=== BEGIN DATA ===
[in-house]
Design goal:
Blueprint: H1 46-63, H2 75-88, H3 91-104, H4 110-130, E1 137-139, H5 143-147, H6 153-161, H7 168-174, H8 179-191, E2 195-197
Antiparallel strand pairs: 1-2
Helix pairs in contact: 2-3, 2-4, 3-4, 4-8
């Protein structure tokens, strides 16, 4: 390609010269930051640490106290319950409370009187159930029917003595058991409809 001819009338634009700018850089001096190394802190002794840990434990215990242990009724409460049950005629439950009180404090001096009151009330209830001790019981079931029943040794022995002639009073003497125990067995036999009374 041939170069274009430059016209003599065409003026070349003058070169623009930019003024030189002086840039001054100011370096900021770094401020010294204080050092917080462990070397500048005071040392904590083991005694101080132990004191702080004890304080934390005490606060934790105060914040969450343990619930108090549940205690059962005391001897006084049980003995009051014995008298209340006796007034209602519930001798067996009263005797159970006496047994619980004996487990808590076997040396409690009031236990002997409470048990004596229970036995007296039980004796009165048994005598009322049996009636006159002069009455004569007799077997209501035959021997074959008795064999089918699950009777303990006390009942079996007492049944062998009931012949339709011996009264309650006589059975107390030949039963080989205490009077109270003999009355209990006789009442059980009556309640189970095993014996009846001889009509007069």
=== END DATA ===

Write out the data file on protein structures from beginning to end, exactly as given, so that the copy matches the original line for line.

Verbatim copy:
[in-house]
Design goal:
Blueprint: H1 46-63, H2 75-88, H3 91-104, H4 110-130, E1 137-139, H5 143-147, H6 153-161, H7 168-174, H8 179-191, E2 195-197
Antiparallel strand pairs: 1-2
Helix pairs in contact: 2-3, 2-4, 3-4, 4-8
């Protein structure tokens, strides 16, 4: 390609010269930051640490106290319950409370009187159930029917003595058991409809 001819009338634009700018850089001096190394802190002794840990434990215990242990009724409460049950005629439950009180404090001096009151009330209830001790019981079931029943040794022995002639009073003497125990067995036999009374 041939170069274009430059016209003599065409003026070349003058070169623009930019003024030189002086840039001054100011370096900021770094401020010294204080050092917080462990070397500048005071040392904590083991005694101080132990004191702080004890304080934390005490606060934790105060914040969450343990619930108090549940205690059962005391001897006084049980003995009051014995008298209340006796007034209602519930001798067996009263005797159970006496047994619980004996487990808590076997040396409690009031236990002997409470048990004596229970036995007296039980004796009165048994005598009322049996009636006159002069009455004569007799077997209501035959021997074959008795064999089918699950009777303990006390009942079996007492049944062998009931012949339709011996009264309650006589059975107390030949039963080989205490009077109270003999009355209990006789009442059980009556309640189970095993014996009846001889009509007069």